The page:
Harold Christensen, 91, passed away March 31, 2015, at Dixie Regional hospital in St. George, Utah. Harold was born July 1, 1923, in Salt Lake City, Utah, to Andrew “Pappy” Christensen and Grace FaMar.
He was predeceased by his wife Wanda Lou Benso; two sisters Shirley Kelso, Virginia Noel; and his son-in-law Roger Wycinowski. Harold married his childhood sweetheart, Dora Whitaker, on January 22, 1942. They had three children, Sandra (Wycinowski), Linda (Coons), and Phillip Andrew Christensen.
Harold was taught by Pappy, who migrated from Denmark, fine craft carpentry, masonry, and general construction. As a teen, Harold had an affinity for engines, machines, and electrical systems. In his early teens he fixed up a junk car good as new and used it for work and courting. Harold, Dora, and his folks moved to San Francisco, California. Grace worked in shipyards while Pappy and Harold remodeled an apartment house in the city and Sandra was born February 1943.
In May of 1943, Harold was commissioned by the U.S. Navy to report to a specialized school in Illinois to learn diesel engine hydraulics. Because of his innate curiosity and retention of facts, he graduated with top honors. Harold’s job was working on newly designed engines that had not yet been tested. These engines were installed in crafts that sailed down the Mississippi River to New Orleans and to Virginia Beach on the east coast. Harold went to Virginia Beach with other sailors to practice running the new engines and maneuvering the crafts. Then they set sail for Falmouth England and Plymouth where again the men trained on landing and loading the craft. Between Virginia Beach and Plymouth Harbors some LCTC/LCFC were sunk along with the men. No one knew these craft were bound for Normandy until the day before June 6, 1944.
Harold, along with crew, participated in the invasion on D-Day at Omaha Beach. Harold’s craft could not back off the beach because the reverse line out to deep water became tangled with dozens of other craft’s reverse lines. They were sitting targets for German shells. Craft all around were shelled and sunk. His LCT and its men sustained shrapnel but only one man died. The young captain froze. Harold yelled orders to chop the line so they could disentangle. His screams to get the axes got the men working fast. They were able to free themselves from the tangled lines but spent all night under the cover of dark running the engines full speed to turn and get off the sand. In twilight they pulled up to a ship and took on cargo, bound for a city up river in France. The craft was limping and taking on water. By the time freight was loaded, they had a bare 7” freeboard. It did not matter that they might sink, they had orders. Harold kept the engines going and off they went. Halfway up river the prop just stopped. Harold dove into the murky water time and time again until exhausted, he freed the fouled prop. When they reached their destination, they had 3” of freeboard. In later years, Harold found he paid a high price for diving in that dirty river. One certain conformation of the toxic water was the cancer that developed in his tear ducts. He was sorely vexed by this condition in his later years.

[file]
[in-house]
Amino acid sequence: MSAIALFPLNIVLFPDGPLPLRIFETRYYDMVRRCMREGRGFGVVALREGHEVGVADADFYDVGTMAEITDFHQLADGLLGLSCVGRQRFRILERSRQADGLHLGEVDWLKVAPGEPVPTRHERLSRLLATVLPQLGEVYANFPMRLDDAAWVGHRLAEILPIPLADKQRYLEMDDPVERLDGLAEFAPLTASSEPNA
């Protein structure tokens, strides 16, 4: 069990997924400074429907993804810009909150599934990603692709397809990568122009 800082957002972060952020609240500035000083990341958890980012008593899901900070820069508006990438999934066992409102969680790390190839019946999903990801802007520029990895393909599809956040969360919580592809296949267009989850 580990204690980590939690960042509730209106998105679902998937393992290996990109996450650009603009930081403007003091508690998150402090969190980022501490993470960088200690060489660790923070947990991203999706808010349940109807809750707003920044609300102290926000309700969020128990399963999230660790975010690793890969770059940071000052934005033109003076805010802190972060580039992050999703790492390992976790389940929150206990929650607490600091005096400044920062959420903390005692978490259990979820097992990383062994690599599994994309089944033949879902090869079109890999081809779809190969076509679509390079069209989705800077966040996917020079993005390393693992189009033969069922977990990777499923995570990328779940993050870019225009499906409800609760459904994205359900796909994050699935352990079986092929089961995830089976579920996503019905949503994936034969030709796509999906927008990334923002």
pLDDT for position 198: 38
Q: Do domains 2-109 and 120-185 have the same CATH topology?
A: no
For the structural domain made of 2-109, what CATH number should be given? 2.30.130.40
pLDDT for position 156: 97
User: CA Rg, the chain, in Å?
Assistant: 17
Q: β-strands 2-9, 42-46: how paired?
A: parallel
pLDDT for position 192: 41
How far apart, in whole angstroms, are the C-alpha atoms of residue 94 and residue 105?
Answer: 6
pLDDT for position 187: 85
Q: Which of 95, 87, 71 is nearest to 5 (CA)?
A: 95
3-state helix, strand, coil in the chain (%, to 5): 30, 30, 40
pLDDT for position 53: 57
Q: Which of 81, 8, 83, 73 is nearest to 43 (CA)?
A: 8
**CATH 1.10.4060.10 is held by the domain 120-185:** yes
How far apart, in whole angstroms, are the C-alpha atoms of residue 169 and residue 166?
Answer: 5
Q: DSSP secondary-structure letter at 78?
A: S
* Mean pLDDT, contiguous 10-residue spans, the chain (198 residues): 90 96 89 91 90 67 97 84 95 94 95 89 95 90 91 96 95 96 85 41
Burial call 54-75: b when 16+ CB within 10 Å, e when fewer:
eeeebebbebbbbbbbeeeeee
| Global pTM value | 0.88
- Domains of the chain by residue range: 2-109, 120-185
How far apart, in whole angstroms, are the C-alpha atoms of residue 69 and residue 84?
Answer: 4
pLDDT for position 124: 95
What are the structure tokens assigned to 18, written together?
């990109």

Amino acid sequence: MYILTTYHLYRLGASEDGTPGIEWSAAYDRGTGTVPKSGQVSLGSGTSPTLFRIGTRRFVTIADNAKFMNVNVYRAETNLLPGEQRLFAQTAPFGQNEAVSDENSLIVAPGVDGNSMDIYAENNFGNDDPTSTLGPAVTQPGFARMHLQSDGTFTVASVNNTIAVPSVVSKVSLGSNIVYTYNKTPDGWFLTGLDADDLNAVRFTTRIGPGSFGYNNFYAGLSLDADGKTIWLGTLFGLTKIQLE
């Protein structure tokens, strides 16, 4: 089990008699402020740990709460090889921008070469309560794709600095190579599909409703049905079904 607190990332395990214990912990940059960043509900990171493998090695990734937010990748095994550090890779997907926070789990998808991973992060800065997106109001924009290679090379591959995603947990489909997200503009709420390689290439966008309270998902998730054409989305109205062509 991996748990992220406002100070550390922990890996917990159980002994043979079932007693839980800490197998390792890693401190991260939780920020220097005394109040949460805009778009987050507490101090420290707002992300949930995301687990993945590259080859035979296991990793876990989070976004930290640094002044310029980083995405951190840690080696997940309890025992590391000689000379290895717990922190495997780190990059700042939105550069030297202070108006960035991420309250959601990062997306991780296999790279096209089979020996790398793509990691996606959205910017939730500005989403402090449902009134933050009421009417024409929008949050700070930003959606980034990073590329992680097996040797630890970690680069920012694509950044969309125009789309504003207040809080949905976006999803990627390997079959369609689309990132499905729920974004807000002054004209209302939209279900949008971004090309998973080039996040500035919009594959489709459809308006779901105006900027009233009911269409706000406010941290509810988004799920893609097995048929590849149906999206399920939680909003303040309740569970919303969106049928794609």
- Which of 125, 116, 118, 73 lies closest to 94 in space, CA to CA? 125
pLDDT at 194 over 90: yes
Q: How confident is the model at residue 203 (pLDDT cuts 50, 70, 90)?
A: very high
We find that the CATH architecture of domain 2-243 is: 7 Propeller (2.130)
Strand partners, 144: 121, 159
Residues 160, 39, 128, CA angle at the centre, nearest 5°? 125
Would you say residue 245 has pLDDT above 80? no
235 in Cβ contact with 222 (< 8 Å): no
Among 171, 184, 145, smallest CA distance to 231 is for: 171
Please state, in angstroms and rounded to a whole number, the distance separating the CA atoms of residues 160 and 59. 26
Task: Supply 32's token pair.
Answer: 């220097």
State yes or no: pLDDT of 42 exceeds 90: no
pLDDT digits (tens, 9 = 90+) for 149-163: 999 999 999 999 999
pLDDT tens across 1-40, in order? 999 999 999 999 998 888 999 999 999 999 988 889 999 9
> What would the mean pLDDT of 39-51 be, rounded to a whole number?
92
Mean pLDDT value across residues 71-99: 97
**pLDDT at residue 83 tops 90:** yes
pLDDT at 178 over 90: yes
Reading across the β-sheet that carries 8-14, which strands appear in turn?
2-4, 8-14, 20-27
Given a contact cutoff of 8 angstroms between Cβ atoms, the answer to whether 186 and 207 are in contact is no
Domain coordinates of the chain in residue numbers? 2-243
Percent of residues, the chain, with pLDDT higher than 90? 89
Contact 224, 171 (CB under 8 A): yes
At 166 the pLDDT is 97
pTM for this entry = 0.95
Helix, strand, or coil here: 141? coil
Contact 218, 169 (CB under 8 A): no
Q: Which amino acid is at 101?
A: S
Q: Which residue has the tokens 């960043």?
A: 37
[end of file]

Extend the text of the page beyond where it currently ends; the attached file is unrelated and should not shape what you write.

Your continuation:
Harold returned to the states and made his way to California where he and Pappy joined in the business of custom home building. At least one of their homes was featured in House and Home Magazine in Marin County. Harold built most of the homes he lived in. Dora and Harold divorced in 1963 after 21 years of marriage. Harold went on to work in the aerospace industry. Harold then met and married Wanda Lou Benso in August 1964. They lived on the west and east coasts, eventually retiring to Utah in 1996.
Wanda Lou Benso and Harold settled in St. George, Utah, for its warm weather, gorgeous scenery, and the golf. Harold built his house in Bloomington Estates on the course he loved. They did some traveling, even visited Normandy. But mostly they were avid and apt golfers having fun and making true friends from the golf course and community. They thrived in their retirement years and loved their home. They spoke often of gatherings, parties, and the kind support from friends and neighbors over the years.
- Funeral services will be held Saturday, April 18, at noon, at Tonaquint Cemetery, 1777 S. Dixie Drive, St. George.
- Internment will follow at the cemetery.
- All are invited to 1343 W Bloomington Drive N, after services to meet his family and share with us some stories, chat and refreshments. For questions call 435-674-2227.
A military honor guard will be present to honor his service to his country.
Family and friends are invited to share condolences online at the Serenity Funeral home website. Arrangements have been made under the direction of Serenity Funeral Home of Southern Utah, 435-986-9100.